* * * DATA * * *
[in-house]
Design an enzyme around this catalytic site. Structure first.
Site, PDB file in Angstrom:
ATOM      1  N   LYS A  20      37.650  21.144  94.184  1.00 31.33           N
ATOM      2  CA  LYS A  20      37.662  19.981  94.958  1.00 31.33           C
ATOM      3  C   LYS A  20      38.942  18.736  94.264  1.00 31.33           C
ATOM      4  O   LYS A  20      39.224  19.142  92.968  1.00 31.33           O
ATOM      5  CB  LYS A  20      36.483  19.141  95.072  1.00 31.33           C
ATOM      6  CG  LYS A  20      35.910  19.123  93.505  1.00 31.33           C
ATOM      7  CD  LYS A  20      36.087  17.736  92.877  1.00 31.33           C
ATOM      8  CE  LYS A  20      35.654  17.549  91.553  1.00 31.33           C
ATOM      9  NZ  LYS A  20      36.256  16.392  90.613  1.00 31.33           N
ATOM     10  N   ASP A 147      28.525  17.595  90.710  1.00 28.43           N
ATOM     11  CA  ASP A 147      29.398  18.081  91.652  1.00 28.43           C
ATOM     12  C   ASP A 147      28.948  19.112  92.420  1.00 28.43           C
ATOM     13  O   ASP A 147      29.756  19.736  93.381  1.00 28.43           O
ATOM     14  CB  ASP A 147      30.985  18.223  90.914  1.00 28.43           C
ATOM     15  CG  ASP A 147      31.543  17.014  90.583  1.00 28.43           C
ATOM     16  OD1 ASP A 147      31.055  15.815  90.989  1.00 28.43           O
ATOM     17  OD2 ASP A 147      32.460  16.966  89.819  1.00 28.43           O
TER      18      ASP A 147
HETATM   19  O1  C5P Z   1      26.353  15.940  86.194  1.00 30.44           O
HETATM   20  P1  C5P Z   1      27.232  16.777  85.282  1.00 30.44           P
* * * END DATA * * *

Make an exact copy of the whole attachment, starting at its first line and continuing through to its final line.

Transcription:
[in-house]
Design an enzyme around this catalytic site. Structure first.
Site, PDB file in Angstrom:
ATOM      1  N   LYS A  20      37.650  21.144  94.184  1.00 31.33           N
ATOM      2  CA  LYS A  20      37.662  19.981  94.958  1.00 31.33           C
ATOM      3  C   LYS A  20      38.942  18.736  94.264  1.00 31.33           C
ATOM      4  O   LYS A  20      39.224  19.142  92.968  1.00 31.33           O
ATOM      5  CB  LYS A  20      36.483  19.141  95.072  1.00 31.33           C
ATOM      6  CG  LYS A  20      35.910  19.123  93.505  1.00 31.33           C
ATOM      7  CD  LYS A  20      36.087  17.736  92.877  1.00 31.33           C
ATOM      8  CE  LYS A  20      35.654  17.549  91.553  1.00 31.33           C
ATOM      9  NZ  LYS A  20      36.256  16.392  90.613  1.00 31.33           N
ATOM     10  N   ASP A 147      28.525  17.595  90.710  1.00 28.43           N
ATOM     11  CA  ASP A 147      29.398  18.081  91.652  1.00 28.43           C
ATOM     12  C   ASP A 147      28.948  19.112  92.420  1.00 28.43           C
ATOM     13  O   ASP A 147      29.756  19.736  93.381  1.00 28.43           O
ATOM     14  CB  ASP A 147      30.985  18.223  90.914  1.00 28.43           C
ATOM     15  CG  ASP A 147      31.543  17.014  90.583  1.00 28.43           C
ATOM     16  OD1 ASP A 147      31.055  15.815  90.989  1.00 28.43           O
ATOM     17  OD2 ASP A 147      32.460  16.966  89.819  1.00 28.43           O
TER      18      ASP A 147
HETATM   19  O1  C5P Z   1      26.353  15.940  86.194  1.00 30.44           O
HETATM   20  P1  C5P Z   1      27.232  16.777  85.282  1.00 30.44           P